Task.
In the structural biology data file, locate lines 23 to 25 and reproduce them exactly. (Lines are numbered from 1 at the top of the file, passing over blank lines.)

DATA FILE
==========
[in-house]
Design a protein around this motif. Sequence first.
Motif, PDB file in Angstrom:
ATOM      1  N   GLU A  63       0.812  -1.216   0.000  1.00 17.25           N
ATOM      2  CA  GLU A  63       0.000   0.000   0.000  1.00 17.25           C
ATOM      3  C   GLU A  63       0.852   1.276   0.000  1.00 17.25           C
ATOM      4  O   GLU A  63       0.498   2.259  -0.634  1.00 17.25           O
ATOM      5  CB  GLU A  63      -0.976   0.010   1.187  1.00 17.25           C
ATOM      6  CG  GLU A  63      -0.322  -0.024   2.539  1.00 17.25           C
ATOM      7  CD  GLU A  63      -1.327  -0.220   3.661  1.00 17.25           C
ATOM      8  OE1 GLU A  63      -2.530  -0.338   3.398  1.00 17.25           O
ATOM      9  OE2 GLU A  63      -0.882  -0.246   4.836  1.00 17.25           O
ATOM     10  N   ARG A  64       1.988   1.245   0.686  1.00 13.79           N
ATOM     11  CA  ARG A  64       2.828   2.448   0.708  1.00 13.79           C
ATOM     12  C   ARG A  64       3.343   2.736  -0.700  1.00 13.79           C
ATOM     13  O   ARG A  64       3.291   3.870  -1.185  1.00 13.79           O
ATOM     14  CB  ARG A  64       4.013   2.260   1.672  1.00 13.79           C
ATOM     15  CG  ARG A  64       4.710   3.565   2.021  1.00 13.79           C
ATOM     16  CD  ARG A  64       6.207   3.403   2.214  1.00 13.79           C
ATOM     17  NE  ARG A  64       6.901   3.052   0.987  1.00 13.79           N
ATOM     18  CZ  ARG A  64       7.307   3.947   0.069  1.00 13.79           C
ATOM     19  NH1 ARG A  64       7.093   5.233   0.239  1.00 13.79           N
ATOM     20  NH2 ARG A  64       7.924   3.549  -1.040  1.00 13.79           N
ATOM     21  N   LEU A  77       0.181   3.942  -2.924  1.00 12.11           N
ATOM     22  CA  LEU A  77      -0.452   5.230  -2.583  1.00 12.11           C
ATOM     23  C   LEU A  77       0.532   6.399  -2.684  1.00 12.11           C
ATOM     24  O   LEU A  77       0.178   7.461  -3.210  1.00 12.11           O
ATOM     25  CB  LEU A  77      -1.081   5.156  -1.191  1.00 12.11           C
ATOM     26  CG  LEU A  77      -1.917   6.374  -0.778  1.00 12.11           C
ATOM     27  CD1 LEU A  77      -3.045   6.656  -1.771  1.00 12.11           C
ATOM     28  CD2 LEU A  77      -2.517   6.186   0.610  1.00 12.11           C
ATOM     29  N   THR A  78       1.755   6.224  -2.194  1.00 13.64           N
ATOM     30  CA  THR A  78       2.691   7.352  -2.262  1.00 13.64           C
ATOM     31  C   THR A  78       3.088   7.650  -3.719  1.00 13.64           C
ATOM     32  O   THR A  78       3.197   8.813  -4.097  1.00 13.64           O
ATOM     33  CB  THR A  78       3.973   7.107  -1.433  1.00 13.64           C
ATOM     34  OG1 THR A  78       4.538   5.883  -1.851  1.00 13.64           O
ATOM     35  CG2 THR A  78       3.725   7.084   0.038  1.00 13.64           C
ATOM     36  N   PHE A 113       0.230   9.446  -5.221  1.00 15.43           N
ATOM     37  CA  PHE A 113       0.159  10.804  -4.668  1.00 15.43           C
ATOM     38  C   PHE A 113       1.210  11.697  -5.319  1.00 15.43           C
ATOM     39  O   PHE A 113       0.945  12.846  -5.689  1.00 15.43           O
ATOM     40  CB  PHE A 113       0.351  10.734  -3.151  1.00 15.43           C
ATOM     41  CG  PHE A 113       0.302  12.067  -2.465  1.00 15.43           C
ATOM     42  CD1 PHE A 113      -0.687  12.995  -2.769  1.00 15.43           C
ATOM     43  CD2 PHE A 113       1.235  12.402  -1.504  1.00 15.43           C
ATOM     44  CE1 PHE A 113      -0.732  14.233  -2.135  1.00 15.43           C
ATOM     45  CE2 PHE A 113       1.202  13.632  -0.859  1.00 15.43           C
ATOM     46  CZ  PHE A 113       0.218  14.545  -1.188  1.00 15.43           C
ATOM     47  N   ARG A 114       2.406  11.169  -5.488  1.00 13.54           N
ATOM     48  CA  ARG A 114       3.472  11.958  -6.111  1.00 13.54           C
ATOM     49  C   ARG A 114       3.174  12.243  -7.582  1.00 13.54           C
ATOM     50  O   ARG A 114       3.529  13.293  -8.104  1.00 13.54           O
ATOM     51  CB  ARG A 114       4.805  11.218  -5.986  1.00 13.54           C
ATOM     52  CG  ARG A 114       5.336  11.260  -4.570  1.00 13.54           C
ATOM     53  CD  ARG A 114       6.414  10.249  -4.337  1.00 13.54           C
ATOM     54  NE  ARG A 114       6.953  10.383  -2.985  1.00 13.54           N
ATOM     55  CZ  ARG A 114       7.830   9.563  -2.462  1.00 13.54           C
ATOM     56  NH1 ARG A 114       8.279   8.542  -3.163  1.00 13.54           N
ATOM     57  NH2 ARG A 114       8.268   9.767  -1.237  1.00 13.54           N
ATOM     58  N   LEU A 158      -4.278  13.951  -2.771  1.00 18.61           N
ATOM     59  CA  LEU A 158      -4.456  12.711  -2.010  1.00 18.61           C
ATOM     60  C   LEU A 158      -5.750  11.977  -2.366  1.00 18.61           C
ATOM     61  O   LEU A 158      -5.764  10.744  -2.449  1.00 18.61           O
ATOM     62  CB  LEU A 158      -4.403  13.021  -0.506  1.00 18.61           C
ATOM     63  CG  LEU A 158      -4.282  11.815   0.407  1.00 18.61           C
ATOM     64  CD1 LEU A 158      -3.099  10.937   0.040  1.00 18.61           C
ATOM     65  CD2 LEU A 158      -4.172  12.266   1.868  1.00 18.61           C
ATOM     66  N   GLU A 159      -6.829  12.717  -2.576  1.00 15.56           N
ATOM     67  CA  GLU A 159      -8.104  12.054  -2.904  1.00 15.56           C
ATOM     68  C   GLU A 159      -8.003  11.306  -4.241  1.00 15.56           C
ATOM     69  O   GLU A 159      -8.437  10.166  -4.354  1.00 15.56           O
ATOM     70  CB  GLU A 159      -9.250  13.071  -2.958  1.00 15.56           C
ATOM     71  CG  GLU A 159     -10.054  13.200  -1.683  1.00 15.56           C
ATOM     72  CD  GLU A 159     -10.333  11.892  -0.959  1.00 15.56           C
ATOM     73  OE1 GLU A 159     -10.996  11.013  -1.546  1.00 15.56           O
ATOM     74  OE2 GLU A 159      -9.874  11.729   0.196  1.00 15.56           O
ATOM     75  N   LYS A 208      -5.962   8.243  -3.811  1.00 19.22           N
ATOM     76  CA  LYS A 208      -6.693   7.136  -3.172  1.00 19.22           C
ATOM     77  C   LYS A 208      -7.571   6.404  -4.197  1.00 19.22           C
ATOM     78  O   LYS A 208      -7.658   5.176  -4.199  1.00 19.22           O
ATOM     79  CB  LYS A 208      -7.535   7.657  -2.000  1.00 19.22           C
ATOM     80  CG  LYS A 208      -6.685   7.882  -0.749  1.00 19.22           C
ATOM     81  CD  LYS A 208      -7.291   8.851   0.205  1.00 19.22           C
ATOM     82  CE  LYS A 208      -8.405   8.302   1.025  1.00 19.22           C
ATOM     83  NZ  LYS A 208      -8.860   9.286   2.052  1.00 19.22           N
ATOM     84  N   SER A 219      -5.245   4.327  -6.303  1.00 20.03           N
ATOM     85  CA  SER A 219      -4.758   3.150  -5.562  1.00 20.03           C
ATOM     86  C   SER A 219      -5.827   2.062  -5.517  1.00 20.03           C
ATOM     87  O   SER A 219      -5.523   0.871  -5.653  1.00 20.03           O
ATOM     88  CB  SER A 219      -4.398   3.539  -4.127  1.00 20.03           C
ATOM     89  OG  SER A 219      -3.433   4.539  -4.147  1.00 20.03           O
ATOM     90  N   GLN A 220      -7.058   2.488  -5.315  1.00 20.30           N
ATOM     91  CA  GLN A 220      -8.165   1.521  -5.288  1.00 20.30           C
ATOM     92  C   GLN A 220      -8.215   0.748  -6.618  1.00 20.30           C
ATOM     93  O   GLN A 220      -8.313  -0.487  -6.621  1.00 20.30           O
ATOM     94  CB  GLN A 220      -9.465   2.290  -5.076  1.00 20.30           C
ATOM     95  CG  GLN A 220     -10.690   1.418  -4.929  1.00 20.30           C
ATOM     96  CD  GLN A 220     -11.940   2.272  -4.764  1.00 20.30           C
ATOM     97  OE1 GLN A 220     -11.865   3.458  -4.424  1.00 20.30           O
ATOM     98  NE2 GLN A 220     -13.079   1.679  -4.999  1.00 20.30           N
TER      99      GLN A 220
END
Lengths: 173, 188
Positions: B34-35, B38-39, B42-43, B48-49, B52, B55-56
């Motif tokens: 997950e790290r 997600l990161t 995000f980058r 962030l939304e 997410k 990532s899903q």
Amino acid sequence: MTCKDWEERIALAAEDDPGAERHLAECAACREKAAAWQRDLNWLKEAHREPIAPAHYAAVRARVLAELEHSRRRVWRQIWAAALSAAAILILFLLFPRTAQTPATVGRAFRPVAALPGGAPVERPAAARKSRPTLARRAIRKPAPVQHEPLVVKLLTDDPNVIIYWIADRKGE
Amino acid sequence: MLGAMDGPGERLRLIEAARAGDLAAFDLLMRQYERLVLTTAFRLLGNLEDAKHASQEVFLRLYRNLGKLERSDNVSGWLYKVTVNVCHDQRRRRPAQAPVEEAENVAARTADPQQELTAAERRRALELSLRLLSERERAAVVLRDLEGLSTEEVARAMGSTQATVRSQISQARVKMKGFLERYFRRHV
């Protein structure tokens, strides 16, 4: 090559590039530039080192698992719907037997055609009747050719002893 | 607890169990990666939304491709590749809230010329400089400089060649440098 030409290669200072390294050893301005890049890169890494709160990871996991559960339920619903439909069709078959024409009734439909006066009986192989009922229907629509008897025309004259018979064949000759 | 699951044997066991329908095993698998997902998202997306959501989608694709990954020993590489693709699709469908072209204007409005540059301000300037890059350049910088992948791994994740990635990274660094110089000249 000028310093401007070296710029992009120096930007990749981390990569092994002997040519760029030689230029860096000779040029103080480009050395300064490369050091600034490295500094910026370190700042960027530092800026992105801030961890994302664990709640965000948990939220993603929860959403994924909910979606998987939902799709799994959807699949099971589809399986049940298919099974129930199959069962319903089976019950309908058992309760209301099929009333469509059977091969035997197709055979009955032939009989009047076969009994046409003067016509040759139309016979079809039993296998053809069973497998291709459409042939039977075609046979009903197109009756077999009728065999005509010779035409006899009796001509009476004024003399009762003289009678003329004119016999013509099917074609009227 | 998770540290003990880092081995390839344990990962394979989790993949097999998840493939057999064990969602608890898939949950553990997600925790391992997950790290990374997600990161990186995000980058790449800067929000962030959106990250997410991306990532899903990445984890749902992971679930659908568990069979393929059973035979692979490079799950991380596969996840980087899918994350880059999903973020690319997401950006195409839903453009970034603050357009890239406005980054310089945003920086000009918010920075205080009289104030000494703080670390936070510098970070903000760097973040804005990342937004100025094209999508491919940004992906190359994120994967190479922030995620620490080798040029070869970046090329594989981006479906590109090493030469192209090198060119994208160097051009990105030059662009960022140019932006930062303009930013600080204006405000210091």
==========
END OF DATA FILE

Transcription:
ATOM     20  NH2 ARG A  64       7.924   3.549  -1.040  1.00 13.79           N
ATOM     21  N   LEU A  77       0.181   3.942  -2.924  1.00 12.11           N
ATOM     22  CA  LEU A  77      -0.452   5.230  -2.583  1.00 12.11           C